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Monday, April 07, 2014

Rhys Ifans on the pub

The pub is the internet. It’s where information is gathered, collated and addressed. People are looser in a pub and everyone’s got a story. Even as a kid I used to stand under the extractor vent in the winter outside the pub and feel the warm air, smell the beer, smell the Woodbines and hear the voices laughing and telling stories.A pub can be a magical place. It’s socially crucial to the whole of Britain. In fact, the pub is like a watering hole. You’ll see all the animals standing around a lake and getting on because they want a drink; you take them away from the lake and they fall out with each other or worse. Every species has its pub. - Rhys Ifans

Monday, March 17, 2014

Reminisces

Fifteen years ago, I told my parents of pubco's: 'they hire dysfunctional bullies who enjoy seeing people squirm when they are powerless to do anything to stand up to them, it's like an unsupervised school playground where the bullies are free to do whatever they want.'

My dad said 'listen to yourself Mark, anyone outside of this conversation would say you're paranoid and delusional, why would any company behave the way you are describing them? None of it makes any sense'.

Boy were we both right

Saturday, March 15, 2014

More on the #GreatBritishPubcoScam

Martyn I consider what I post and how it may be interpreted. I'm not bothered about damaging a campaign or how as you describe a shouty sweary post may affect my standing. There's too much bollocks in the pub sector and the people no one takes notice of in all of its debates are the people who really run the industry, the day to day Publicans. We're constantly patronised and looked down upon by people like you, self appointed hobbyist arbiters of half truth.

What's been happening for the last two decades as tens of thousands of pubs have suffered chronic underinvestment leading to mass failure of the sector is a massive cultural crime. It's a premeditated plundering of Britain's most fundamental, viscerally significant icons of our way of life that offer communities everywhere some of the deepest foundations of their sense of place. It's not a matter of opinion; it's manifested on every community all over the UK.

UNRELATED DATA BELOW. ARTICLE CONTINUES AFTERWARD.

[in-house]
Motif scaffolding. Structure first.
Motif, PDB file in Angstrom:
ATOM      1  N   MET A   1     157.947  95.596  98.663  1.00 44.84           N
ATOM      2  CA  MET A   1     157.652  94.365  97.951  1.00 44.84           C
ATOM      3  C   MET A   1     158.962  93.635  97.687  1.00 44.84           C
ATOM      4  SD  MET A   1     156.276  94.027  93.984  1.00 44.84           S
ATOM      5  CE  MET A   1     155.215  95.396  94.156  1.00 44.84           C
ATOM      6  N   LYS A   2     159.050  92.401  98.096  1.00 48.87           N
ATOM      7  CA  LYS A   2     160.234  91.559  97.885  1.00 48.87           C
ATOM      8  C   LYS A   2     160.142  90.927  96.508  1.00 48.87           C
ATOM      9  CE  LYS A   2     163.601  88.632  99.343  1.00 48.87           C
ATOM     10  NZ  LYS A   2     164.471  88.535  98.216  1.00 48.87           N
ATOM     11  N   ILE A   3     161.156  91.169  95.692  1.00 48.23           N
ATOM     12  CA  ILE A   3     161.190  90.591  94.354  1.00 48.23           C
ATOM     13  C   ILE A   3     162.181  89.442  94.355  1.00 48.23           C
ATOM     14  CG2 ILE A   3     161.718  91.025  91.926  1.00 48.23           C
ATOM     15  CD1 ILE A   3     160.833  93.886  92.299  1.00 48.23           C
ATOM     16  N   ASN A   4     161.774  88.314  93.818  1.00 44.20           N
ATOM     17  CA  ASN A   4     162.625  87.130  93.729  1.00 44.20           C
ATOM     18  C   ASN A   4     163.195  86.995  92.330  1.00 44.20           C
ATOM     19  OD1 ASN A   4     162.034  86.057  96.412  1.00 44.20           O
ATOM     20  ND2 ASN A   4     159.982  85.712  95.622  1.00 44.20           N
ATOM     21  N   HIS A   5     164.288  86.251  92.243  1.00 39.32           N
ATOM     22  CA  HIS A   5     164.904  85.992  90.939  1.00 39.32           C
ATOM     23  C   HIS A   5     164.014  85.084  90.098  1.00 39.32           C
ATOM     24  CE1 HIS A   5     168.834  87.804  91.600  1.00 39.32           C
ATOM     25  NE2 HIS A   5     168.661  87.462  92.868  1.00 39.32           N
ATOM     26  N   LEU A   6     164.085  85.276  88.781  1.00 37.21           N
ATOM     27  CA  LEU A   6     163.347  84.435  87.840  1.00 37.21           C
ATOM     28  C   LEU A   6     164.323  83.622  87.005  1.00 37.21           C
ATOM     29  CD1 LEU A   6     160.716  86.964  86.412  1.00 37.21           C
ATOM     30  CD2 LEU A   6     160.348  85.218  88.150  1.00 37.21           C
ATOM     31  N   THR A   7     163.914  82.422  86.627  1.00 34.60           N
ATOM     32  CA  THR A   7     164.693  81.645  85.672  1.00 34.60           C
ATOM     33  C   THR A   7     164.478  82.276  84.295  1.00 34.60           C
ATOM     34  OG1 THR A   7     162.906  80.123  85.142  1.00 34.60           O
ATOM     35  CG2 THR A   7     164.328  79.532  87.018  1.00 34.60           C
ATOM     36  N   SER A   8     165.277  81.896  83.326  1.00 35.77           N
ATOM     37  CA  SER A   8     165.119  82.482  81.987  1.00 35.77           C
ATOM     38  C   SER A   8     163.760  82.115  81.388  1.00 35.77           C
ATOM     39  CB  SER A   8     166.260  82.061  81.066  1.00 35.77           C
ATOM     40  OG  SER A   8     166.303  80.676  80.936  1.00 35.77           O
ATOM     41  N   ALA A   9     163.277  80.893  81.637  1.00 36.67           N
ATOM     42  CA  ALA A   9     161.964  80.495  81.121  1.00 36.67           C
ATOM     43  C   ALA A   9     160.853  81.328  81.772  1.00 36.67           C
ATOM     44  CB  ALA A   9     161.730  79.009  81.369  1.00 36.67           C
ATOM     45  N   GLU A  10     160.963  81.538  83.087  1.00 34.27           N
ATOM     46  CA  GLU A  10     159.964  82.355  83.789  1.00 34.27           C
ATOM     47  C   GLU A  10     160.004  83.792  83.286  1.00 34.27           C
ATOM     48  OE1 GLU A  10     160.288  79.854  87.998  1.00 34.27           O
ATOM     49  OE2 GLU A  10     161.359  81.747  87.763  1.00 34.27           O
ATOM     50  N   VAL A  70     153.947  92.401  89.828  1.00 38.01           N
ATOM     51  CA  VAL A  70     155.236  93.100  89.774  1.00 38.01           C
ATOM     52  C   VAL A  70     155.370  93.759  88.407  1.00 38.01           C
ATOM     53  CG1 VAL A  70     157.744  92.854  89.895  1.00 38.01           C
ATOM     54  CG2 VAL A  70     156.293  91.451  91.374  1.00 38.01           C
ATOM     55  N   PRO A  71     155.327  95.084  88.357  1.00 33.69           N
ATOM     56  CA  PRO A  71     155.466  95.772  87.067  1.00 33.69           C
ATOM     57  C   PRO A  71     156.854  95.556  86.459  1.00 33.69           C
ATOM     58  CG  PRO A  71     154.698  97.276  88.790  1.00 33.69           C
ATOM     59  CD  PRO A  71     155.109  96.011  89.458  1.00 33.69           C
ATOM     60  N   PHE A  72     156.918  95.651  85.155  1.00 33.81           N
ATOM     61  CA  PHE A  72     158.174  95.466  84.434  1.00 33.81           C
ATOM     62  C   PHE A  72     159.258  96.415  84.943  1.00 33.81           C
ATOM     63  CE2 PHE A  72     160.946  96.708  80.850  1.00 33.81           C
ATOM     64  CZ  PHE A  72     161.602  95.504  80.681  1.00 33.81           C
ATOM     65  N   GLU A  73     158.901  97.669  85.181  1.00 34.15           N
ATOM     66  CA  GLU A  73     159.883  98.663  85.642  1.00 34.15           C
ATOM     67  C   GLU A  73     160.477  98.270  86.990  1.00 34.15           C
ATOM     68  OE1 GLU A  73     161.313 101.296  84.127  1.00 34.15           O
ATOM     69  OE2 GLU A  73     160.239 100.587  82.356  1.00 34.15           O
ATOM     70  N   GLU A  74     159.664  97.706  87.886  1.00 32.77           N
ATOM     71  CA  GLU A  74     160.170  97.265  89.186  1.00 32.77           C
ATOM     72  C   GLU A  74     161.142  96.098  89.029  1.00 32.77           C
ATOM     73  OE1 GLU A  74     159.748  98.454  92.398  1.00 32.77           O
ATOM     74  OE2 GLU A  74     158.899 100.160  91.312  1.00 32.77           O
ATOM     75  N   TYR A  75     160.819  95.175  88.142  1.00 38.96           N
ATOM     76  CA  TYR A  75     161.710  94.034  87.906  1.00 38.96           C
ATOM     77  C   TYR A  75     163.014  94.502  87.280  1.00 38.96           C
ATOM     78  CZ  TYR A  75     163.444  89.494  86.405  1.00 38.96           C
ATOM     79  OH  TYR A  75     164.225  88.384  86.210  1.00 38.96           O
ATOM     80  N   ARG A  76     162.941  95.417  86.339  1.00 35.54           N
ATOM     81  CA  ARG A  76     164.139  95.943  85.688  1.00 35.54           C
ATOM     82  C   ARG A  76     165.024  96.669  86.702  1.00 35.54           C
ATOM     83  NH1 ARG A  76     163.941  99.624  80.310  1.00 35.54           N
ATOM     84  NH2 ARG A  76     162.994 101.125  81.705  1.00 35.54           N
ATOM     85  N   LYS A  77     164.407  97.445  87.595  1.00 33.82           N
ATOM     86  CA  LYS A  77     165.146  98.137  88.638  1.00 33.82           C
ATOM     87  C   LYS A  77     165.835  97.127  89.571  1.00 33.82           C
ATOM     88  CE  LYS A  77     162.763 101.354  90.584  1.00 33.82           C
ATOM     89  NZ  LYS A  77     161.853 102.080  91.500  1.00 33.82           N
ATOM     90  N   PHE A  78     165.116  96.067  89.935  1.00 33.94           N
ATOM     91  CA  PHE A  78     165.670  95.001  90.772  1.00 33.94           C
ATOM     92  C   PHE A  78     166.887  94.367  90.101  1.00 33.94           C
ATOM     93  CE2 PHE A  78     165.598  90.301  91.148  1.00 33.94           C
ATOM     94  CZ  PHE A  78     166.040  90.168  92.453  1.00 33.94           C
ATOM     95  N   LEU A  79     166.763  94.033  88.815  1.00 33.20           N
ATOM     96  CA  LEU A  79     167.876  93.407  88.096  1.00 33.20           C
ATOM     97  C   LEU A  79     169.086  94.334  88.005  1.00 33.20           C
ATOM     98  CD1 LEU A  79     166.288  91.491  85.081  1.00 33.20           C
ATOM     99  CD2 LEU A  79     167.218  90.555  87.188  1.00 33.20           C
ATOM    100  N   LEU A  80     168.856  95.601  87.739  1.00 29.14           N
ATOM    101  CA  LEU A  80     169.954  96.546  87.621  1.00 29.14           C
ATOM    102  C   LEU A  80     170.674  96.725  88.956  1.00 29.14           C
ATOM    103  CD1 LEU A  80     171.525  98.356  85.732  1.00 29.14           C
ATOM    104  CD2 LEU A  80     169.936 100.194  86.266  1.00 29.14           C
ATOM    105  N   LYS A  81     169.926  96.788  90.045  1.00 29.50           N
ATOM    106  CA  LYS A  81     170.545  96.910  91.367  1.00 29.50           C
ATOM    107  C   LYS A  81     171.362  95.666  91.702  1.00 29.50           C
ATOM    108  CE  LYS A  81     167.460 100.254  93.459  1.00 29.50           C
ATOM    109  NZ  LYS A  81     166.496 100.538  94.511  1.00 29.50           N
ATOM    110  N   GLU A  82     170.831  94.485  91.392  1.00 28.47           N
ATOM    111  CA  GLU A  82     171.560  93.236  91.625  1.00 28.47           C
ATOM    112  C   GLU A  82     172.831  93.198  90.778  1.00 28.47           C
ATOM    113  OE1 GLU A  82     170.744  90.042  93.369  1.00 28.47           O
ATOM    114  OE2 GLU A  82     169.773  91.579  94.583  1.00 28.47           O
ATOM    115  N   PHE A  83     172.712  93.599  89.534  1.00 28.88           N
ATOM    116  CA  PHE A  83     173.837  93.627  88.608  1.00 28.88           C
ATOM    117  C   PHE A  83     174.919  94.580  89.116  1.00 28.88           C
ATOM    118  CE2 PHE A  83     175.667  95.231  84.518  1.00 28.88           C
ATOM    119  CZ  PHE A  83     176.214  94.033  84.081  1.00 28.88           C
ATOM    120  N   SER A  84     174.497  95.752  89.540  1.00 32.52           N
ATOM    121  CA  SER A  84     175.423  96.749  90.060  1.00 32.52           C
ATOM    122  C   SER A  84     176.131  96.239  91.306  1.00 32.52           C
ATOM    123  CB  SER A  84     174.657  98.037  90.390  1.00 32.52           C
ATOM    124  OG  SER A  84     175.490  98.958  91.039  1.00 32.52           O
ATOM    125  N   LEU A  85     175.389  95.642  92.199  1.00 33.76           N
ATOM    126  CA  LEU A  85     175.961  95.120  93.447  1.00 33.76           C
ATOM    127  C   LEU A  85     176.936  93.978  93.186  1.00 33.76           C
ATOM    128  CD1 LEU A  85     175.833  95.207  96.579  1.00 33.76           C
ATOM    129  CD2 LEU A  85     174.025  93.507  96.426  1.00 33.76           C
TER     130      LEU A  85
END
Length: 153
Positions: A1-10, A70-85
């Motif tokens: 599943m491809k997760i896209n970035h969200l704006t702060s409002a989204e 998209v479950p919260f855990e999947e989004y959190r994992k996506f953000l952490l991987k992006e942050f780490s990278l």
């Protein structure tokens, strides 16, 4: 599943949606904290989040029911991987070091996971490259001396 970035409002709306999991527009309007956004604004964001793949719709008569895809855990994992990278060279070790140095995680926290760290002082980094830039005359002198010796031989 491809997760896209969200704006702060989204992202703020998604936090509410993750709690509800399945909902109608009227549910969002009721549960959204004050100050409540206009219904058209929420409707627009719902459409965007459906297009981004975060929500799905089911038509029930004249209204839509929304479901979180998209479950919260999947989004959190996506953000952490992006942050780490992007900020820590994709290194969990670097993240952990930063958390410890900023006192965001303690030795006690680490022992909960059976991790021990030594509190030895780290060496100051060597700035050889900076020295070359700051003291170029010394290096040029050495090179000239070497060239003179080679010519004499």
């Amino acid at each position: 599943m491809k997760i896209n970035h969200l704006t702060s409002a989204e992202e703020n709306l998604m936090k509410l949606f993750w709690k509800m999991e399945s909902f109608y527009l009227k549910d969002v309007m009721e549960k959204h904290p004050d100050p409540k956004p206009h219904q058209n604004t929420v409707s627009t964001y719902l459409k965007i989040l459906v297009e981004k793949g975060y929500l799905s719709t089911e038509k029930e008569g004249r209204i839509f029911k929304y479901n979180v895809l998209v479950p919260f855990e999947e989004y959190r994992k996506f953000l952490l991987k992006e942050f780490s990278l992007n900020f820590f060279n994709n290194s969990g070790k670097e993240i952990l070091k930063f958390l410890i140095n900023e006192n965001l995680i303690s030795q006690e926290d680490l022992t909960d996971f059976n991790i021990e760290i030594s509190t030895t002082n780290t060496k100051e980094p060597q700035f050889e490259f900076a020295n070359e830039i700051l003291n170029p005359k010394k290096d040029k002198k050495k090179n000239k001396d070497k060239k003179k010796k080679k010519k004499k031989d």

It's been brushed off by people like you broadly as immutable market forces. When the true market force has been simple asset stripping of our cultural heritage on a historically unimaginable scale.

If people can't take notice when facts from the shop floor exposing the truth about what's been happening in the pub sector are delivered to the press and to government in the correct polite manner and perennially ignored there's a case for shouting and swearing about it because it's totally out of order that a bunch of white collar criminals running a few pubco's should run away from the pub sector with £hundreds of millions leaving the people of Britain with a landscape of broken pubs and communities bereft of unique, vital social hubs. If people can't take notice of the bleeding obvious then the odd considered shout and expletive is not out of place.

Politeness gets us nowhere so what the fuck does it matter if swearing doesn't either?

No. I'm not bothered it may damage an honest cause.  I'm bothered about balance and openness and fairness, and about getting things done before ALL the horses have bolted.